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TechSoup’s Jim Lynch is retiring at the end of June 2021

by Lynda Carson (newzland2 [at]
April 8, 2017 drawing of Jim Lynch by Lynda Carson.
TechSoup’s Jim Lynch is retiring at the end of June 2021

Lynda Carson - June 23, 2021

Oakland - On June 7, 2021, Jim Lynch of TechSoupGlobal of San Francisco announced that he is retiring at the end of June 2021.

For years, my dear long time friend Jim Lynch has been on a mission to bring older, refurbished computers into the nation's low-income communities for reuse, rather than seeing them buried in landfills, ground up, or dumped in Asia to poison the environment there.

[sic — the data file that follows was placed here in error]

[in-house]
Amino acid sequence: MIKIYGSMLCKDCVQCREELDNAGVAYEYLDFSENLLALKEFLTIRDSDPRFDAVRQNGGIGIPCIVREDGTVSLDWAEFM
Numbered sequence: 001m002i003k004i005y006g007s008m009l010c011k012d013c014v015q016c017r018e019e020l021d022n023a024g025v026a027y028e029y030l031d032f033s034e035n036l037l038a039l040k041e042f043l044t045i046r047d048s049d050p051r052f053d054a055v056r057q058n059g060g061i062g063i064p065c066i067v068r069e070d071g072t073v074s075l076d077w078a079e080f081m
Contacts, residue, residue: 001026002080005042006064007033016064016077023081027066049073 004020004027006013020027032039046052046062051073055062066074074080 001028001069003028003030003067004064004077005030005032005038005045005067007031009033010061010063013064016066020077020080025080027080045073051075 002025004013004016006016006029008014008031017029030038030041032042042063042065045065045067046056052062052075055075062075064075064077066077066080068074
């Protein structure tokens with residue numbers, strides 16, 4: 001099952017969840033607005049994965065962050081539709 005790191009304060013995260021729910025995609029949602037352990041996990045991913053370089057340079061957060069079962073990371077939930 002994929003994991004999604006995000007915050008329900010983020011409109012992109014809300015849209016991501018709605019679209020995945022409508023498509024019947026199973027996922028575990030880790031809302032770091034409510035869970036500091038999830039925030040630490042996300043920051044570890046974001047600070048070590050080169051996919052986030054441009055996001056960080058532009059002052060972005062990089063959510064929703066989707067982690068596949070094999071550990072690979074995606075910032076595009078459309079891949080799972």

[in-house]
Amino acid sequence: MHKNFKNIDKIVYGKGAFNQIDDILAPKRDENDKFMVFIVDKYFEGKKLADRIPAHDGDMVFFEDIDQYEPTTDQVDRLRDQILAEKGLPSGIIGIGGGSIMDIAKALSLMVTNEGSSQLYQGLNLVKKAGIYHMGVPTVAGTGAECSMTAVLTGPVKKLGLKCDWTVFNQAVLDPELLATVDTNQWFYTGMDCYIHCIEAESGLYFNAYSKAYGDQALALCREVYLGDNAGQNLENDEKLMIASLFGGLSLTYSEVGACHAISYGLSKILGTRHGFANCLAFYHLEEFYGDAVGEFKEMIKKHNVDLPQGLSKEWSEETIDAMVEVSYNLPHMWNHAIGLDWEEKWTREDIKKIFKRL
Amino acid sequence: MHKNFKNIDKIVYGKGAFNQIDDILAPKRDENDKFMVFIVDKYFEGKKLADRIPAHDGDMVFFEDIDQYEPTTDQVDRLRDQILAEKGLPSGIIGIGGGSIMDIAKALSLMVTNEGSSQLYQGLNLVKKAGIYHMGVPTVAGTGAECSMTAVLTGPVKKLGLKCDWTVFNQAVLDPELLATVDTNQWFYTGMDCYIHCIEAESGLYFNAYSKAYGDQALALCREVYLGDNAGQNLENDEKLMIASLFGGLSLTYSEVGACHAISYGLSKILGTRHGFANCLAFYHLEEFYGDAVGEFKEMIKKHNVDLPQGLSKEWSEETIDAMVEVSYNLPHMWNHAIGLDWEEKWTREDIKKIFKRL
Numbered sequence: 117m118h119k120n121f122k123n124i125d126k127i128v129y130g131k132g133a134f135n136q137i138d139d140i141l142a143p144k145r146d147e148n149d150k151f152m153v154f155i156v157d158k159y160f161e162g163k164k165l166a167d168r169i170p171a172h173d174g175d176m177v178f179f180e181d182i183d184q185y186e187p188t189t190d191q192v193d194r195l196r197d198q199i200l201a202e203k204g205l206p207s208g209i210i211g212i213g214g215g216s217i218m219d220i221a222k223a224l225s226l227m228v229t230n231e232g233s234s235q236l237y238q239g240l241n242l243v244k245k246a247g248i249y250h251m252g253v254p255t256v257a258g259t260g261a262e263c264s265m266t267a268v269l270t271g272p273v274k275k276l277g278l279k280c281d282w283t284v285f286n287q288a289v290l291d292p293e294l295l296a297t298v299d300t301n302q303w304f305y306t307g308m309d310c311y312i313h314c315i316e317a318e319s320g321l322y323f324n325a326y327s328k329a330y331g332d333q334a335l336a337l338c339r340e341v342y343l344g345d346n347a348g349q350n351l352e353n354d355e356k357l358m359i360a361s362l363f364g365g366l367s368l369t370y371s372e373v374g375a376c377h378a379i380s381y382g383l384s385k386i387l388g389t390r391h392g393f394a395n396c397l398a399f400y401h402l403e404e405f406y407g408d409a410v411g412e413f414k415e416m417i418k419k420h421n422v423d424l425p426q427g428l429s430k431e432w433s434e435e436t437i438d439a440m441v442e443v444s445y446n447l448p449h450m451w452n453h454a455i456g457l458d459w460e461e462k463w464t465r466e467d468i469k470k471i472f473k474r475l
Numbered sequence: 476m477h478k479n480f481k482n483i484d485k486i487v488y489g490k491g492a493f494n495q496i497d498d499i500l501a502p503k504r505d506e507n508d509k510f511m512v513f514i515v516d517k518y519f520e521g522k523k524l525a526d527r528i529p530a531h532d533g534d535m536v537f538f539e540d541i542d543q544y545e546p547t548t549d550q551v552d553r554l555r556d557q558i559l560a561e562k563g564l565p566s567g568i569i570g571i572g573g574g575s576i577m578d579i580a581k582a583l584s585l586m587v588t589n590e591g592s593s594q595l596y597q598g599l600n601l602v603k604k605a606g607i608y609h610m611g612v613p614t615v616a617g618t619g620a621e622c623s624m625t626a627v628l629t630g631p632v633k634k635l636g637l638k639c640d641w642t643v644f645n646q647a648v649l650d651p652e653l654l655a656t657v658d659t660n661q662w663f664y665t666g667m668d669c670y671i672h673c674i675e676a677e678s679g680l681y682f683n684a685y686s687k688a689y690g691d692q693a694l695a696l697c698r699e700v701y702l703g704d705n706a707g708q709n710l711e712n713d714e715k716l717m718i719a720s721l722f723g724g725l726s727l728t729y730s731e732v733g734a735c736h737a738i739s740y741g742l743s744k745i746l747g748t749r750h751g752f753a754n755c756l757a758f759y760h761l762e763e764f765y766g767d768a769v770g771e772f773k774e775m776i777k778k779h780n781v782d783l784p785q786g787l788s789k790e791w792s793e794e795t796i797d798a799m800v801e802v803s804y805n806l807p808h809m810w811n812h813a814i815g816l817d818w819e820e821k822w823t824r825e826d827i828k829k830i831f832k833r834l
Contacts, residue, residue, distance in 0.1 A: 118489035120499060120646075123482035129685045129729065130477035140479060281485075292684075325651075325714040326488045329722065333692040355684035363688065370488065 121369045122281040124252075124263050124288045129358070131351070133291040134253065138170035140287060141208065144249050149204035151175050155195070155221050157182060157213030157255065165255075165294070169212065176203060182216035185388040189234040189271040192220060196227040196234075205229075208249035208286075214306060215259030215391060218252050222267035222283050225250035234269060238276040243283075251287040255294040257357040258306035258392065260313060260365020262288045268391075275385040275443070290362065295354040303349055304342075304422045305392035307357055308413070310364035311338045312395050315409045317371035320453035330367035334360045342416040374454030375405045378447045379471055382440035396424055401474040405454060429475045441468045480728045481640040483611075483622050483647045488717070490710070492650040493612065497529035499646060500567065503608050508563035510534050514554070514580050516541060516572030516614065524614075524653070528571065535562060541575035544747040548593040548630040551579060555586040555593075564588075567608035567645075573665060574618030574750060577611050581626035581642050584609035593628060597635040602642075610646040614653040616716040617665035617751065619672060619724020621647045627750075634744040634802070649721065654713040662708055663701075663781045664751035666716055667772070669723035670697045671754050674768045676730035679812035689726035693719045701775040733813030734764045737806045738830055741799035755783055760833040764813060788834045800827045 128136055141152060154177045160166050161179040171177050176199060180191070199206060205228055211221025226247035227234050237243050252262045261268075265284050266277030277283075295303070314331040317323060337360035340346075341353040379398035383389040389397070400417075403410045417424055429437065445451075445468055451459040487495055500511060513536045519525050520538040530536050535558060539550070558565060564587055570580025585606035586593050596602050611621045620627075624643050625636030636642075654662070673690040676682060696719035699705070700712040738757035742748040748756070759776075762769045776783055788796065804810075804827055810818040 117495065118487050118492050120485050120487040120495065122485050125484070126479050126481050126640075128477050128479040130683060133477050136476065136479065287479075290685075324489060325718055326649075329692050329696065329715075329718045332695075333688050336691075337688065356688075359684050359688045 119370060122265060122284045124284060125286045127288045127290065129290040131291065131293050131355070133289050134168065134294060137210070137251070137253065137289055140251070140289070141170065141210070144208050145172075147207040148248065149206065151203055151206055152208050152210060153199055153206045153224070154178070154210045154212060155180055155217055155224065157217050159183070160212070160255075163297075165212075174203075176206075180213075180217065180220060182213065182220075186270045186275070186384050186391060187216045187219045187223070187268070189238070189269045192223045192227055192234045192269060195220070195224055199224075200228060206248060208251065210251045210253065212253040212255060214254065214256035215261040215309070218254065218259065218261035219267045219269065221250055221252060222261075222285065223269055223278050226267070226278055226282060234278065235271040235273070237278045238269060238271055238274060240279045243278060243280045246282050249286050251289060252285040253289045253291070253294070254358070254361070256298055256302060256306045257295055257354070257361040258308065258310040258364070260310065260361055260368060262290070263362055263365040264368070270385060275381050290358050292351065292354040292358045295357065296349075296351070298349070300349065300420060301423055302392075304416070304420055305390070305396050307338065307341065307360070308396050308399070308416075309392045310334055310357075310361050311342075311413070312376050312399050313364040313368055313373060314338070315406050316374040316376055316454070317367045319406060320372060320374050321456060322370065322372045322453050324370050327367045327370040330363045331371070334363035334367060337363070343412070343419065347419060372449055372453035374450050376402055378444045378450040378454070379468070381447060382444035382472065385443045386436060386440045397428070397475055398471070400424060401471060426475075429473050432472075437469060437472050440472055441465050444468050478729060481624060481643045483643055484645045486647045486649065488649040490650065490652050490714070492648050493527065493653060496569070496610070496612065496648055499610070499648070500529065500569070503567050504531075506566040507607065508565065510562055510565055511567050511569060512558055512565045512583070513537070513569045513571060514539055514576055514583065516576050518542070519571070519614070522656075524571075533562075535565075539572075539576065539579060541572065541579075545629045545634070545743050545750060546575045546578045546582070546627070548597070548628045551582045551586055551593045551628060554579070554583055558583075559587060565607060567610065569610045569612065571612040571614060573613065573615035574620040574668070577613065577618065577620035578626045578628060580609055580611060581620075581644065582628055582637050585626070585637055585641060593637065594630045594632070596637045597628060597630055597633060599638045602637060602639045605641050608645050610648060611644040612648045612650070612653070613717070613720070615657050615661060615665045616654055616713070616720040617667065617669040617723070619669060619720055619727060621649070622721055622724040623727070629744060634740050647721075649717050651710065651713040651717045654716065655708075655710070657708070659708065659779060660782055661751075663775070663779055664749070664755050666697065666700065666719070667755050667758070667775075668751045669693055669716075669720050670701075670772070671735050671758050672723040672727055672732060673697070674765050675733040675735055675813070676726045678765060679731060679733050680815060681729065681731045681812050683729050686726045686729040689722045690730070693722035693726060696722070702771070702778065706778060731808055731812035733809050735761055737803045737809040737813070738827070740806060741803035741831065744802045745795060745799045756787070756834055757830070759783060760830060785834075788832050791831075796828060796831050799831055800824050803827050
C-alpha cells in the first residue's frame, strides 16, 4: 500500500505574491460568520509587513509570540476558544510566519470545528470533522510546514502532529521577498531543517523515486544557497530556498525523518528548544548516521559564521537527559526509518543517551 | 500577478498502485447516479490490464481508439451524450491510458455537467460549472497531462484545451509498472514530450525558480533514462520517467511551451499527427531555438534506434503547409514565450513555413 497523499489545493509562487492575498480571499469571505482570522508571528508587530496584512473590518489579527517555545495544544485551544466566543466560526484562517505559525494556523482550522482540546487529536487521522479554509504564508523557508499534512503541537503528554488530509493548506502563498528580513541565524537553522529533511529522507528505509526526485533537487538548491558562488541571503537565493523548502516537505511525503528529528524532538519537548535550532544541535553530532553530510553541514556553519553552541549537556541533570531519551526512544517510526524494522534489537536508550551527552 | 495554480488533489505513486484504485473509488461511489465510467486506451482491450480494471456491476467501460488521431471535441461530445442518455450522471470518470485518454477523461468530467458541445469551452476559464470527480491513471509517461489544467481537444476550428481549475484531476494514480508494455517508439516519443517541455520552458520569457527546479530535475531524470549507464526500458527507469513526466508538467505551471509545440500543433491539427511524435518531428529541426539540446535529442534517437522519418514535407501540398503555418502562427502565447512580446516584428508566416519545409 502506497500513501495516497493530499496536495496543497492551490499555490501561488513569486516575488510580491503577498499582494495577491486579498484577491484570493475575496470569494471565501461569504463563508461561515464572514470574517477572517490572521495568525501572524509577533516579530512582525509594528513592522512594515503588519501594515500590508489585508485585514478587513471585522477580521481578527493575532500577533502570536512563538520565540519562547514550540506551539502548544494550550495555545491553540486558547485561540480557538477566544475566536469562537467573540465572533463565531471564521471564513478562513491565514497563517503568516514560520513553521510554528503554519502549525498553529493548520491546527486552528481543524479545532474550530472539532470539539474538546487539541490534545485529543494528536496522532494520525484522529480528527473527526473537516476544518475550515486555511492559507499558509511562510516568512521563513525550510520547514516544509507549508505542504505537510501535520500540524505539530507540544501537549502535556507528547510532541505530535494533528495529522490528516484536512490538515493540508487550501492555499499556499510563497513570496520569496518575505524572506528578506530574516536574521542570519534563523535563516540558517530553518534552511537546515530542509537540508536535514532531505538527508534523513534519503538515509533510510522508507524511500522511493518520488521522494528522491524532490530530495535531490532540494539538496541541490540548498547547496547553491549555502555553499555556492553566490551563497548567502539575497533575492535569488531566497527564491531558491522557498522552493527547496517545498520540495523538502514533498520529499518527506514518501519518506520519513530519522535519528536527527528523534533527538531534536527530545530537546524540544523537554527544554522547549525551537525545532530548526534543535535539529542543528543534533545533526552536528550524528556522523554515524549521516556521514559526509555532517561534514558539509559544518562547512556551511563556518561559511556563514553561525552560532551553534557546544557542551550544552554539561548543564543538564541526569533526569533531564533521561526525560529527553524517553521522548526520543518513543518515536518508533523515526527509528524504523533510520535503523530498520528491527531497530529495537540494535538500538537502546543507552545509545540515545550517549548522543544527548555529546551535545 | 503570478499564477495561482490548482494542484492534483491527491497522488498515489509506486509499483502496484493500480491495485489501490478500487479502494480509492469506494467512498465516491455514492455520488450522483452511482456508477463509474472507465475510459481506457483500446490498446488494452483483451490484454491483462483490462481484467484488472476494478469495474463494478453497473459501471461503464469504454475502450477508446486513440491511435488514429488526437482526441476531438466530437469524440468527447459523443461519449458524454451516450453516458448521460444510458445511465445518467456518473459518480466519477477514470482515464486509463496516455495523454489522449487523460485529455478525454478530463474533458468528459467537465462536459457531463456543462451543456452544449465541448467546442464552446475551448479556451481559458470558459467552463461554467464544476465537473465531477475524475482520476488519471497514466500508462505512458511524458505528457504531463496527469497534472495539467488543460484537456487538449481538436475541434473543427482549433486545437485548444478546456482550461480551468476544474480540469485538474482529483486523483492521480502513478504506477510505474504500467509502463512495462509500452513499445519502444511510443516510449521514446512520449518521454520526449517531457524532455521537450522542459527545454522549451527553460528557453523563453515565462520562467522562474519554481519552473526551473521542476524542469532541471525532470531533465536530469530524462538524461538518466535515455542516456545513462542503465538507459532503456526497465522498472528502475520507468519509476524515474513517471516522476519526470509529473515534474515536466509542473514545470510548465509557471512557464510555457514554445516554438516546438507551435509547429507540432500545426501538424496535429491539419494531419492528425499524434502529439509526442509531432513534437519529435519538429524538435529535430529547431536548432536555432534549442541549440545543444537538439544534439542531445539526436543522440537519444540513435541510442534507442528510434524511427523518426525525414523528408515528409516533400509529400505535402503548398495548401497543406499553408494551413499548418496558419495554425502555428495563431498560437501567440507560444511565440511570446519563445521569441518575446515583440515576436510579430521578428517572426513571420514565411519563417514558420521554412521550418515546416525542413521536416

I am one of those low-income persons to have been fortunate that Lynch has supplied me with older used computers through the years that still have some life in them. Enough life in these old computers to be used for my stories and activism through the years that may have helped out others, before the recyclers could get their hands on them and trash them out.

Jim Lynch has come a long way since I first met him around 1977 in the desert in Arizona, where we were neighbors residing in an old dusty quonset hut near Papago Park that used to be part of an internment camp for German prisoners from World War ll, and was converted to some funky apartments before we moved into them. I met Jimmy one day while he was painting his half of the quonset hut a bright canary yellow to cheer the place up, as I wandered over to see who my new neighbor was. This event on that fateful day has turned into a long wonderful friendship that has stretched through the years, resulting in many beautiful memories and good times, as the years passed by so fast.